|Roger Lloyd Pack in Dealer's Choice|
Review Round-up: West Deals First Choice Revival
Date: 5 October 2007
Patrick Marber’s award-winning debut play about men and poker, Dealer's Choice, was revived this week (opened 3 October, previews from 27 September) at Southwark’s Menier Chocolate Factory in a production directed by actor-director, and fellow card player, Samuel West (See News, 1 Jun 2007). Its limited season continues until 17 November.
Dealer's Choice is set after-hours in a restaurant where six men meet each week to play cards. Tonight the stakes are higher than usual – but winning has its price. In a night of psychological violence and bluff, the players stay up late and bust each other out.
The play premiered at the National’s Cottesloe Theatre in 1995, directed by Marber, and later transferred to the West End’s Vaudeville Theatre and won the Evening Standard Award for Best Comedy. Best known at that point as a stand-up comedian and TV sketch writer, Marber partly based his playwriting debut on his own experiences with gambling addiction. Two years later, he confirmed his reputation with Closer. The plays Howard Katz, After Miss Julie and Don Juan in Soho also followed, as did the screenplay of Notes on a Scandal, for which Marber was Oscar-nominated.
West’s production of Dealer's Choice is designed by Tom Piper, with lighting by Neil Austin and sound by Gareth Owen. Malcolm Sinclair and Whatsonstage.com Award winner Samuel Barnett (The History Boys) play father and son. Also in the cast are Roger Lloyd Pack (pictured), Stephen Wight, Ross Boatman and Jay Simpson.
First night critics dealt an even hand with a round of four-star reviews, welcoming back Marber’s play which, they noted, has been given extra relevance today thanks to the popularity of online poker. According to some, West’s “gripping” and “explosively acted” production even improves on Marber’s original, giving the play a “new lease of life”. There were individual plaudits for everyone in the six-strong, all-male cast, with special appreciation given to Stephen Wight’s “blissfully funny” performance as the chirpily delusional waiter Mugsy.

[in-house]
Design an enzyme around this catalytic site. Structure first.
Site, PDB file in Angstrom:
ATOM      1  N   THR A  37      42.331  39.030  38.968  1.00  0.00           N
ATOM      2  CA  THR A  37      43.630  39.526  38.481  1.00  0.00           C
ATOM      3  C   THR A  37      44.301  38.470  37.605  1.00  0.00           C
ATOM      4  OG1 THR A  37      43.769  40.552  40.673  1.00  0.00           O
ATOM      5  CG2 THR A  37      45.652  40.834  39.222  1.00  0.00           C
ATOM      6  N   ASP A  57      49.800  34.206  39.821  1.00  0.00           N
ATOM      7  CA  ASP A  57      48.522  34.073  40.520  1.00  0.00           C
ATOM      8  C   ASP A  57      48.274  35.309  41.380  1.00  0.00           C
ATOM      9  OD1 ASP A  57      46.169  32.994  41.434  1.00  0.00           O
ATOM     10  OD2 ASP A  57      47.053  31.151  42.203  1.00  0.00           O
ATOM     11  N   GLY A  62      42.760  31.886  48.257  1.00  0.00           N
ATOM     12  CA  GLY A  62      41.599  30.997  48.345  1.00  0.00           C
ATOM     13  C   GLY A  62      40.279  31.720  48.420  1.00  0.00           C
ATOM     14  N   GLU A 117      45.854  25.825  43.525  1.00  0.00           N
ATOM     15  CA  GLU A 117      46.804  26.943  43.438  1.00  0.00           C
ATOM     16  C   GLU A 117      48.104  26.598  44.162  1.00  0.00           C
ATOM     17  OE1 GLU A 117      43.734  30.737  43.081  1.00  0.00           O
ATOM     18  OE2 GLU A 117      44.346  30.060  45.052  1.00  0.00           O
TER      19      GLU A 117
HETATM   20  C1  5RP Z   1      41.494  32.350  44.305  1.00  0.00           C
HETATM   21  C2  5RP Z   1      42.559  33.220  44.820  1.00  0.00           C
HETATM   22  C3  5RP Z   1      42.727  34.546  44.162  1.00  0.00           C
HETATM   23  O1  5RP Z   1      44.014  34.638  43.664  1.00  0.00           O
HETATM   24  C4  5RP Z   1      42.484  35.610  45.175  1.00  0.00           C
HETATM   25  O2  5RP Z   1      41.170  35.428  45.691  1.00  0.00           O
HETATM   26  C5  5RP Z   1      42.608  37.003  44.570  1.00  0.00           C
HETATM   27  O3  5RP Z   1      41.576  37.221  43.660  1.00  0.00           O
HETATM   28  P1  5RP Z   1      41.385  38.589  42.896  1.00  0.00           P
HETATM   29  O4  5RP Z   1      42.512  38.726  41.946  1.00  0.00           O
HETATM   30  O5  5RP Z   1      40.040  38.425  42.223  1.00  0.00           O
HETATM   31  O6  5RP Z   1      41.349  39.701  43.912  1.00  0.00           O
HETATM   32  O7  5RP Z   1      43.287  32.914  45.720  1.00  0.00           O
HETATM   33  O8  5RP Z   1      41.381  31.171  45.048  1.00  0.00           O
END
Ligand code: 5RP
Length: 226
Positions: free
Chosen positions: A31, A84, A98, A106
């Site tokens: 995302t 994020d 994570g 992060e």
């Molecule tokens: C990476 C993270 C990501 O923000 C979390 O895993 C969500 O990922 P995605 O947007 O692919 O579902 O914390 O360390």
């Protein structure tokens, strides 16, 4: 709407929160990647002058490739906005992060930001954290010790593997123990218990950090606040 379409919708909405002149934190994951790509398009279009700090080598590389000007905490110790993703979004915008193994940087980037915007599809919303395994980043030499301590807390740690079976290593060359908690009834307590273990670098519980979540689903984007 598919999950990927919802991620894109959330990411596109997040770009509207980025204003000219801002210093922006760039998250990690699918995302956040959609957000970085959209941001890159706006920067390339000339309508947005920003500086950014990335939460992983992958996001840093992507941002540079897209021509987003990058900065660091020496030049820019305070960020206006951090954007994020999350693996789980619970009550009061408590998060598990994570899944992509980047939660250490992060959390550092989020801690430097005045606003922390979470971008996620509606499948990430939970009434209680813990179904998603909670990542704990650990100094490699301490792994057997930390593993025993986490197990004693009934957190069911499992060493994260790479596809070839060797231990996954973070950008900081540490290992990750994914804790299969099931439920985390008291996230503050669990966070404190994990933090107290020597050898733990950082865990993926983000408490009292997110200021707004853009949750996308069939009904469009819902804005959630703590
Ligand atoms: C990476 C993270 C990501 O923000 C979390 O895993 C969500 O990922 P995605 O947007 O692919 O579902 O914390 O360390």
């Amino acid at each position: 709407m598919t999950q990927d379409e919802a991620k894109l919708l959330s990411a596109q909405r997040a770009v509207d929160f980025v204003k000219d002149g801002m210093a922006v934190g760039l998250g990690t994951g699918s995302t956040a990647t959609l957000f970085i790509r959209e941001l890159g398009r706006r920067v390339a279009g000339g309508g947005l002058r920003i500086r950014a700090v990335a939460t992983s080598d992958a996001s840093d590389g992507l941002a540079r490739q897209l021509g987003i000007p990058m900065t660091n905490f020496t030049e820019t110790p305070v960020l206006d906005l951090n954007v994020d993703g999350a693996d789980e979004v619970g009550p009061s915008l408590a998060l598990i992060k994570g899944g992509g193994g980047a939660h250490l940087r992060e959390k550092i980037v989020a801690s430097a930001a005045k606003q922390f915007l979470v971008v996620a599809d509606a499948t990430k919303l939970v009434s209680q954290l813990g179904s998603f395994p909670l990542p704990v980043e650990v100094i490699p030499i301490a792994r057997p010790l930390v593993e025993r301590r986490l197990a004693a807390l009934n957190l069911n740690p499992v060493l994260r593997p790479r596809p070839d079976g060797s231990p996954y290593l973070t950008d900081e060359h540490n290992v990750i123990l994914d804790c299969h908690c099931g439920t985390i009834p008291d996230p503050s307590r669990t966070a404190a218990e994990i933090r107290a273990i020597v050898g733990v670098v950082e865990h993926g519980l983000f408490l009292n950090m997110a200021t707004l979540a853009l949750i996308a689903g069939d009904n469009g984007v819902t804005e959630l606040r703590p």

Michael Coveney on Whatsonstage.com (four stars) - “The spine of the play is the relationship between Stephen and his hapless, hopeless son, Carl (fresh-faced Samuel Barnett from The History Boys, just slightly miscast) who has run up some debts and faces the music when the game is joined by a stony-faced outsider Ash (the wonderfully lugubrious, spaniel-like Roger Lloyd Pack), a professional who has come to collect. The risk and insolence of the game is caught in a superb sequence when Ash’s pair of threes beats absolutely nothing … The proceedings are brilliantly directed by West on a gleaming kitchen set by Tom Piper, ravishingly lit by Neil Austin, that draws us in then sits us down in the quiet of the after-hours restaurant. The plot twists are as hard to follow as the cut of the cards, but you go with the flow because, whatever the deal, you’re in safe hands.”
Michael Billington in the Guardian (four stars) – “First seen 12 years ago, Patrick Marber's dramatic debut is chiefly remembered as the play about poker. But, as Samuel West's superbly acted revival reminds us, it is principally a play about fathers and sons and the emotional deficiencies of men prey to ungovernable obsession … The play combines a quicksilver wit with an intimate understanding of the psychological flaws of even the part-time poker addict. The joy of West's production, however, lies in the quality of the performances. Malcolm Sinclair's Stephen admirably combines dry irony with a palpable sense of paternal loss while Samuel Barnett as his wastrel son seems like an updated version of Shakespeare's Prince Hal torn between rival fathers. The play's emotional tension is relieved by a blissfully funny performance from Stephen Wight as Mugsy the waiter … Wight captures perfectly the charming ineptitude of a character who declares, ‘I've risen from the ashes like the proverbial dodo’. And Roger Lloyd Pack as Ash conveys the fugitive despair of the professional gambler while giving fresh meaning to the term ‘poker-faced’. Highly recommended.”